Today, university students have an unprecedented awareness of growing health disparities throughout the world. Not only are students aware, but they are eager take action to address these observed disparities. Along with taking advantage of academic programs on university campuses, students more than ever are traveling to underserved communities and taking part in medical service delivery. While global health volunteerism can be accomplished in ways that are sustainable, culturally sensitive, and positive for the recipient communities, we worry that too often students are thrust into situations where they are ill-prepared to make actual positive impact. Worse still, without proper training and preparation, volunteer efforts could unintentionally result in significant harm to vulnerable populations or health hazards for the volunteers themselves.
We believe that students can create positive change in global health by being culturally competent, striving for sustainability, and understanding the ethical implications of our actions. Therefore, we seek to develop a student-led seminar that will engage students in critical thought about effective student involvement in global health. By addressing the root causes that drive global health inequity we hope to frame a discussion which creates discernment amongst participants about their own motivations to be involved in this movement. Using models of existing, student-led organizations, the course will explore issues of global health service, such as cultural competency, asset-based community development, medical ethics, and extending one's impact beyond their stay. Upon completion of the course, students will be better able to maximize the impact of their global health volunteerism and be equipped with the skills and judgment to be tomorrow's global health leaders.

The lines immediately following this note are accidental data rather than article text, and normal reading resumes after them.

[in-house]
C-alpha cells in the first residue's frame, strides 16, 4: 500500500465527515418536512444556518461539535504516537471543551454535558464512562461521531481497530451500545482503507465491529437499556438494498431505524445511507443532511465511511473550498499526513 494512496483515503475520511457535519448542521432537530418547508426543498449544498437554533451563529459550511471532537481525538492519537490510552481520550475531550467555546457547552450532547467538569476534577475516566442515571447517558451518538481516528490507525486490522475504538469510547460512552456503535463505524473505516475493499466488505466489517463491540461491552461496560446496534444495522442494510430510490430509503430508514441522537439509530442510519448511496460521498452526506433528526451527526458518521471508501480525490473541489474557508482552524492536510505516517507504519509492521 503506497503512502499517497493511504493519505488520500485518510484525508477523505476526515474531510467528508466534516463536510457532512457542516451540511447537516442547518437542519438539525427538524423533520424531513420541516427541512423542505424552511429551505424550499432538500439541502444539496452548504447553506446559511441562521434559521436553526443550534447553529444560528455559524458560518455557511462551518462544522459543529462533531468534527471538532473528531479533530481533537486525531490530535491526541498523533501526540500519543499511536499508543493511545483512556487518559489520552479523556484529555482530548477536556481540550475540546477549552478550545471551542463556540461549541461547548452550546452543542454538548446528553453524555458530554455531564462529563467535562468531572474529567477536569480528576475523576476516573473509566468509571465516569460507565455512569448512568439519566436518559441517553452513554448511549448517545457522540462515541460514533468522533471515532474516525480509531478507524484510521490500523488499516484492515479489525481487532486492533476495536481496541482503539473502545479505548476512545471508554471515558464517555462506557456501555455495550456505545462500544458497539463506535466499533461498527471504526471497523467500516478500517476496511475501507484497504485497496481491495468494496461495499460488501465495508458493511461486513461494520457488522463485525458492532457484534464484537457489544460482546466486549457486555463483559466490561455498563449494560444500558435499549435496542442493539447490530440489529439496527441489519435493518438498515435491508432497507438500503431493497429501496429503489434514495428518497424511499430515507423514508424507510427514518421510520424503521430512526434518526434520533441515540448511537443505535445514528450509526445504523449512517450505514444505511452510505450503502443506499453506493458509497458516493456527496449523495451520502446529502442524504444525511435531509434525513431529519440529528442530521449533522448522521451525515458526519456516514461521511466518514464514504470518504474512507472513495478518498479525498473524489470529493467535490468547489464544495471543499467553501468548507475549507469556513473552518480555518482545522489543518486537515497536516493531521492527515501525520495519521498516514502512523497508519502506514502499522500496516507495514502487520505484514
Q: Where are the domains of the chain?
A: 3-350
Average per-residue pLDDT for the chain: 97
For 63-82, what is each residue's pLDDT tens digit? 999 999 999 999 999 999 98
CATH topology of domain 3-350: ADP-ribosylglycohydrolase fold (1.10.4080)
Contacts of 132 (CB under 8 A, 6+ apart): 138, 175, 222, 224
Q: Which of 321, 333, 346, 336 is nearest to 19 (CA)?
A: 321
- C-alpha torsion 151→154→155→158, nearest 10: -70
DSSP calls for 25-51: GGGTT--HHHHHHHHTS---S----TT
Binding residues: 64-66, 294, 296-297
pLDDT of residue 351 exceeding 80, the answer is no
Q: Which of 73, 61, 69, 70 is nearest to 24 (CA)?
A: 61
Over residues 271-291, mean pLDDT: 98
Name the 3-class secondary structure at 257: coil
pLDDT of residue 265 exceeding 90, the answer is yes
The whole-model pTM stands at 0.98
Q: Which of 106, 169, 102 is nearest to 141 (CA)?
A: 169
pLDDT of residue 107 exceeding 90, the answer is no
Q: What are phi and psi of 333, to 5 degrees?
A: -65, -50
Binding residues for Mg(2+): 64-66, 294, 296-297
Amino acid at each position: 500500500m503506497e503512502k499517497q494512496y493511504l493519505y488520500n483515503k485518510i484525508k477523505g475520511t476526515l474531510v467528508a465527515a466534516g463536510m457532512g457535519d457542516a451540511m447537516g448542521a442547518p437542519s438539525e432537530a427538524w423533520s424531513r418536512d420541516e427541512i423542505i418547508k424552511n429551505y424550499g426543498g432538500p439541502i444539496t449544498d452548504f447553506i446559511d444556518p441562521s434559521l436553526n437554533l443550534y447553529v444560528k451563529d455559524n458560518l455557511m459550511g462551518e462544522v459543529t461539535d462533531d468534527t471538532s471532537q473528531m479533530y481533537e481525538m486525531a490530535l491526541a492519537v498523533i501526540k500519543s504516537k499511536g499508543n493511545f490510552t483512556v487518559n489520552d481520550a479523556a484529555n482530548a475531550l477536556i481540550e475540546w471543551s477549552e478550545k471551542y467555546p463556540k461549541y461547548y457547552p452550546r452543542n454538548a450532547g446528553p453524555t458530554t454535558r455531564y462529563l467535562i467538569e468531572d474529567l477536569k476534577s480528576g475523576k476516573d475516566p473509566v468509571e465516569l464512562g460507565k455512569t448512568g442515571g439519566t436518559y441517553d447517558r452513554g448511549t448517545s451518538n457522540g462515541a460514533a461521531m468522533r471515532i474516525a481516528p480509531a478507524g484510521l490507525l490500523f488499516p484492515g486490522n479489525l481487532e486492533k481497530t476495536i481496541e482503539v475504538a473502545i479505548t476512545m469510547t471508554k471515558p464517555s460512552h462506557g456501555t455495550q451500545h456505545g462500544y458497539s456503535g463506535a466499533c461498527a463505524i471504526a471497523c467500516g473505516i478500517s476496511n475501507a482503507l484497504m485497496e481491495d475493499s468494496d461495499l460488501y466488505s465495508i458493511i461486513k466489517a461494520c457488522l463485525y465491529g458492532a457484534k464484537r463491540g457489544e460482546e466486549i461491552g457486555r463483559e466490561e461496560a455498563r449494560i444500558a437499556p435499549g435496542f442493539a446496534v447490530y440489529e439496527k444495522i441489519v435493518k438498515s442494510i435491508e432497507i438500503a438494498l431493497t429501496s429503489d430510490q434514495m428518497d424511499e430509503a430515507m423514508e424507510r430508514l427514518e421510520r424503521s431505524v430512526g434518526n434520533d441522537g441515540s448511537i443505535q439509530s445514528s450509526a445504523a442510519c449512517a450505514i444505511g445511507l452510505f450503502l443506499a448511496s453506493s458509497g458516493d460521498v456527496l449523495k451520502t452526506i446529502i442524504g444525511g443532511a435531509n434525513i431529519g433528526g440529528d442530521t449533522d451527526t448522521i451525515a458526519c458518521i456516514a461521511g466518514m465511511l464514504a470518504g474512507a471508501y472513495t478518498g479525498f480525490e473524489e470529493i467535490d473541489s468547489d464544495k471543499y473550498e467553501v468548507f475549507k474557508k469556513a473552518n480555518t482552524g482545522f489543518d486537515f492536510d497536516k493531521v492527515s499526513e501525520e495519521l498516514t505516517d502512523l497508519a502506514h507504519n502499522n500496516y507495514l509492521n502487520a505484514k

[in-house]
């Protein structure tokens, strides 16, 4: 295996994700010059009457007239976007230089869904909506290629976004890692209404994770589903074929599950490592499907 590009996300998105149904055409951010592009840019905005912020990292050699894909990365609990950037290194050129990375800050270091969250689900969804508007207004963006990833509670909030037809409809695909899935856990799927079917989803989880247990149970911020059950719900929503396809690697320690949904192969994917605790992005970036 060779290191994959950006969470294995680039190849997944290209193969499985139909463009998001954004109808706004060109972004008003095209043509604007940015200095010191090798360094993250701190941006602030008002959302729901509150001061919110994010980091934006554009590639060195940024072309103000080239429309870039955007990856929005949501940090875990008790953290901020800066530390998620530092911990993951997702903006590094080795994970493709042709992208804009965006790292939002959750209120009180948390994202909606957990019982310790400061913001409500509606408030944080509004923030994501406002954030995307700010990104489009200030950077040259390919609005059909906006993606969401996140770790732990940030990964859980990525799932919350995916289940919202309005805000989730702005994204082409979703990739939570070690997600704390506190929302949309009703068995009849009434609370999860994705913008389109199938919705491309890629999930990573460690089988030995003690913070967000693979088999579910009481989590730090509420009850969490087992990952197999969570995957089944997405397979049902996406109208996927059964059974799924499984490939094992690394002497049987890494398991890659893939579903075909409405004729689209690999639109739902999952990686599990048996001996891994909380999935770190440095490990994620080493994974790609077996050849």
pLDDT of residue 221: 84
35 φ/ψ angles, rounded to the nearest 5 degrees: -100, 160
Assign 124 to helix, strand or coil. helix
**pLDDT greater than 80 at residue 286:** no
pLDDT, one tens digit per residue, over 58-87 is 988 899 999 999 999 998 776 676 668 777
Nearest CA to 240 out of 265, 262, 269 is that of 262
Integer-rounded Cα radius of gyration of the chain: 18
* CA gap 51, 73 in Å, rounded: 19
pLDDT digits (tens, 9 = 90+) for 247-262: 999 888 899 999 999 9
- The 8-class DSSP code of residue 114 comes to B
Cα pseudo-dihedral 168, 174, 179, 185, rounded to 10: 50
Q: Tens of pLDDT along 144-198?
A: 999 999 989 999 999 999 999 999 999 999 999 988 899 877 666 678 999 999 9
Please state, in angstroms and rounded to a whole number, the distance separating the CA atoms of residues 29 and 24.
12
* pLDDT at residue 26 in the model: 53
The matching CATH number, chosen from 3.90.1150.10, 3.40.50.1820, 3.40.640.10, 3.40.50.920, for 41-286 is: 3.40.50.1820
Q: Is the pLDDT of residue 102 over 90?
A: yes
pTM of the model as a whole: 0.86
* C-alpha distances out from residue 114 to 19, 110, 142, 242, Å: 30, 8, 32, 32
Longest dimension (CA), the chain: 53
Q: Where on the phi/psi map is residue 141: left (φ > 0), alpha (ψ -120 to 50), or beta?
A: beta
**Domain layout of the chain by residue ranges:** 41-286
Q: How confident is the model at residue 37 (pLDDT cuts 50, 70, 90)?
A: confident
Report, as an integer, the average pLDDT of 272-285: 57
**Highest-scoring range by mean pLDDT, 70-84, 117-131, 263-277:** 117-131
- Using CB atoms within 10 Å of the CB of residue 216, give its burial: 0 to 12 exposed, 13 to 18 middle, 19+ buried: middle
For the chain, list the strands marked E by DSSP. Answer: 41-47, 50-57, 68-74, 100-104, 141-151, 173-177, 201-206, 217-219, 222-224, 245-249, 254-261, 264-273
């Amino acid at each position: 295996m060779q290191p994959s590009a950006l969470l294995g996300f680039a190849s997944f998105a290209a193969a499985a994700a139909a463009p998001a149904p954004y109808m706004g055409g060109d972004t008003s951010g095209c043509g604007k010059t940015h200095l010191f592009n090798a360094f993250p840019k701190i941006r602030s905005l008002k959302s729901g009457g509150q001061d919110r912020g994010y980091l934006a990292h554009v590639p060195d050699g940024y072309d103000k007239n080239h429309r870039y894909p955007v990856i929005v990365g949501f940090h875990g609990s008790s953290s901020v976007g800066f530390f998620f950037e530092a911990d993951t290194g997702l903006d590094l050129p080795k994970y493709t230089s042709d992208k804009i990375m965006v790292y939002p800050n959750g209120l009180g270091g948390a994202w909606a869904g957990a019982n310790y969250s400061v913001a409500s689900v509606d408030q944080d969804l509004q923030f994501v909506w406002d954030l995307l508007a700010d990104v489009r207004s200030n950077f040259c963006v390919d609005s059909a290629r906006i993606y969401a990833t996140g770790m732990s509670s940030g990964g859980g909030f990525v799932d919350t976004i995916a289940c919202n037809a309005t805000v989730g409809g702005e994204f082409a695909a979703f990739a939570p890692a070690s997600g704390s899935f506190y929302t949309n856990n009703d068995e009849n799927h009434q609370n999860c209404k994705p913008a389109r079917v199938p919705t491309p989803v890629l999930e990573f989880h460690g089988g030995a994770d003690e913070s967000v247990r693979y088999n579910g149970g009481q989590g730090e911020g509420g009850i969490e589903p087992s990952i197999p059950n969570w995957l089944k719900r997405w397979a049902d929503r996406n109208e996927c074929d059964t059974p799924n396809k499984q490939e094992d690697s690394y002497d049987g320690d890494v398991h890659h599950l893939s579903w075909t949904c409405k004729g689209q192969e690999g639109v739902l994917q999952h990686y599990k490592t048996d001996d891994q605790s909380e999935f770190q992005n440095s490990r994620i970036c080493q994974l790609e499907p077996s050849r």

Here is a brief outline of the topics we hope to cover in the seminar:
1.Global Burden of Disease
- An introduction to major trends of the distribution
- Structural violence, neoliberal economic policies, etc.
- Asking the question: Why do we really want to be a part of this movement?
- Reading such things as Duffel Bag Medicine, by Maya Roberts and To Hell with Good Intentions, by Ivan Illych
- Based on a discussion by PIH Director of Development, Ed Cardoza
7.Long term vs. short term engagement
- Developing tools to measure impact
- Case studies of effective/ not effective student-led organizations
I'd love for an comments/ideas for resources/criticism of what we've got so far. I'll keep you posted about our progress!